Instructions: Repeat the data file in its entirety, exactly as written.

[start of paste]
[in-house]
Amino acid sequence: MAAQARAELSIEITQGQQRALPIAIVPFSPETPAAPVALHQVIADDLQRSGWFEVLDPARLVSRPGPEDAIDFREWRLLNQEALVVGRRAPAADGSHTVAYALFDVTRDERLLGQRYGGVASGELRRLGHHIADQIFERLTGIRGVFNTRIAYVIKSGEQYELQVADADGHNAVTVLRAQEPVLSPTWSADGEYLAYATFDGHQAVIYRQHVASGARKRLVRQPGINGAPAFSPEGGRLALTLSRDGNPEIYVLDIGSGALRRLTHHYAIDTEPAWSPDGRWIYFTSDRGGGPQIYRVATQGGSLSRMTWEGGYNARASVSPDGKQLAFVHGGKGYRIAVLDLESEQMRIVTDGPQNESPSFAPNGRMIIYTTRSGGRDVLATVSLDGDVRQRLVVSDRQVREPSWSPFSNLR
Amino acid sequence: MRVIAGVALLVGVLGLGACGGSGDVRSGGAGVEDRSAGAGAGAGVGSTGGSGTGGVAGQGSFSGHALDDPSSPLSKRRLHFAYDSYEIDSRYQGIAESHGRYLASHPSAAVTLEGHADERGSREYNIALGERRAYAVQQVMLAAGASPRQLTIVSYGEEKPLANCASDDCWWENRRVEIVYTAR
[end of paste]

[in-house]
Amino acid sequence: MAAQARAELSIEITQGQQRALPIAIVPFSPETPAAPVALHQVIADDLQRSGWFEVLDPARLVSRPGPEDAIDFREWRLLNQEALVVGRRAPAADGSHTVAYALFDVTRDERLLGQRYGGVASGELRRLGHHIADQIFERLTGIRGVFNTRIAYVIKSGEQYELQVADADGHNAVTVLRAQEPVLSPTWSADGEYLAYATFDGHQAVIYRQHVASGARKRLVRQPGINGAPAFSPEGGRLALTLSRDGNPEIYVLDIGSGALRRLTHHYAIDTEPAWSPDGRWIYFTSDRGGGPQIYRVATQGGSLSRMTWEGGYNARASVSPDGKQLAFVHGGKGYRIAVLDLESEQMRIVTDGPQNESPSFAPNGRMIIYTTRSGGRDVLATVSLDGDVRQRLVVSDRQVREPSWSPFSNLR
Amino acid sequence: MRVIAGVALLVGVLGLGACGGSGDVRSGGAGVEDRSAGAGAGAGVGSTGGSGTGGVAGQGSFSGHALDDPSSPLSKRRLHFAYDSYEIDSRYQGIAESHGRYLASHPSAAVTLEGHADERGSREYNIALGERRAYAVQQVMLAAGASPRQLTIVSYGEEKPLANCASDDCWWENRRVEIVYTAR